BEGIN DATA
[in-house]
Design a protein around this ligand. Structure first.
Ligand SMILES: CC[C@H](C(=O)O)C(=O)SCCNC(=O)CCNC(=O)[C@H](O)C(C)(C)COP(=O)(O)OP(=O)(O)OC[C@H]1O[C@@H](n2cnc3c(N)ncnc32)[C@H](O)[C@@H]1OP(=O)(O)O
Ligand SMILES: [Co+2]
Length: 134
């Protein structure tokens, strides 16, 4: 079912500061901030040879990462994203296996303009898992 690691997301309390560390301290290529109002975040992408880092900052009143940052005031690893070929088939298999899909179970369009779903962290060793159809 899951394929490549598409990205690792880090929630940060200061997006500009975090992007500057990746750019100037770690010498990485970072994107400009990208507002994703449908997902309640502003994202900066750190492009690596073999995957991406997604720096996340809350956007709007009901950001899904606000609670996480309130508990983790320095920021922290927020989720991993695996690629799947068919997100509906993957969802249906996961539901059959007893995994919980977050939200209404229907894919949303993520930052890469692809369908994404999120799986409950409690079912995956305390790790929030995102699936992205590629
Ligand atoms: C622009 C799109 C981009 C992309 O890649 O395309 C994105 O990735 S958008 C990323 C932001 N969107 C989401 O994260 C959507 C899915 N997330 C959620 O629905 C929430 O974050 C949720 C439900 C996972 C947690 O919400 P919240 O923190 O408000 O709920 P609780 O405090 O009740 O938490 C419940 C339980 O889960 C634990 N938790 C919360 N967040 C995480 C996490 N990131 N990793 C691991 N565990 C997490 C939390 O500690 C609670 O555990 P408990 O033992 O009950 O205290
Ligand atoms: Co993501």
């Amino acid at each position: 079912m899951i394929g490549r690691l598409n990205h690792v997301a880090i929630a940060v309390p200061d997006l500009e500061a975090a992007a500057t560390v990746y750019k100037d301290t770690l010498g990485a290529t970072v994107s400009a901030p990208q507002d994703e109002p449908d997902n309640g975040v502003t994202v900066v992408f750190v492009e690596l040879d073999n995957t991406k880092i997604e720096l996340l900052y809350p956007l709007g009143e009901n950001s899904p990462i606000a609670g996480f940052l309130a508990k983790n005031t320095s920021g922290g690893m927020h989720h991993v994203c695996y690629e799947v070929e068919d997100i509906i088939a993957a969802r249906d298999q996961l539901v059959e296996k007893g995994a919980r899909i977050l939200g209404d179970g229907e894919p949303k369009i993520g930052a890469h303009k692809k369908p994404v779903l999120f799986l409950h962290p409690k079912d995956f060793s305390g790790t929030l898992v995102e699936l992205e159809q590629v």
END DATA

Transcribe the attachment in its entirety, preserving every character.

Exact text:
[in-house]
Design a protein around this ligand. Structure first.
Ligand SMILES: CC[C@H](C(=O)O)C(=O)SCCNC(=O)CCNC(=O)[C@H](O)C(C)(C)COP(=O)(O)OP(=O)(O)OC[C@H]1O[C@@H](n2cnc3c(N)ncnc32)[C@H](O)[C@@H]1OP(=O)(O)O
Ligand SMILES: [Co+2]
Length: 134
């Protein structure tokens, strides 16, 4: 079912500061901030040879990462994203296996303009898992 690691997301309390560390301290290529109002975040992408880092900052009143940052005031690893070929088939298999899909179970369009779903962290060793159809 899951394929490549598409990205690792880090929630940060200061997006500009975090992007500057990746750019100037770690010498990485970072994107400009990208507002994703449908997902309640502003994202900066750190492009690596073999995957991406997604720096996340809350956007709007009901950001899904606000609670996480309130508990983790320095920021922290927020989720991993695996690629799947068919997100509906993957969802249906996961539901059959007893995994919980977050939200209404229907894919949303993520930052890469692809369908994404999120799986409950409690079912995956305390790790929030995102699936992205590629
Ligand atoms: C622009 C799109 C981009 C992309 O890649 O395309 C994105 O990735 S958008 C990323 C932001 N969107 C989401 O994260 C959507 C899915 N997330 C959620 O629905 C929430 O974050 C949720 C439900 C996972 C947690 O919400 P919240 O923190 O408000 O709920 P609780 O405090 O009740 O938490 C419940 C339980 O889960 C634990 N938790 C919360 N967040 C995480 C996490 N990131 N990793 C691991 N565990 C997490 C939390 O500690 C609670 O555990 P408990 O033992 O009950 O205290
Ligand atoms: Co993501």
């Amino acid at each position: 079912m899951i394929g490549r690691l598409n990205h690792v997301a880090i929630a940060v309390p200061d997006l500009e500061a975090a992007a500057t560390v990746y750019k100037d301290t770690l010498g990485a290529t970072v994107s400009a901030p990208q507002d994703e109002p449908d997902n309640g975040v502003t994202v900066v992408f750190v492009e690596l040879d073999n995957t991406k880092i997604e720096l996340l900052y809350p956007l709007g009143e009901n950001s899904p990462i606000a609670g996480f940052l309130a508990k983790n005031t320095s920021g922290g690893m927020h989720h991993v994203c695996y690629e799947v070929e068919d997100i509906i088939a993957a969802r249906d298999q996961l539901v059959e296996k007893g995994a919980r899909i977050l939200g209404d179970g229907e894919p949303k369009i993520g930052a890469h303009k692809k369908p994404v779903l999120f799986l409950h962290p409690k079912d995956f060793s305390g790790t929030l898992v995102e699936l992205e159809q590629v």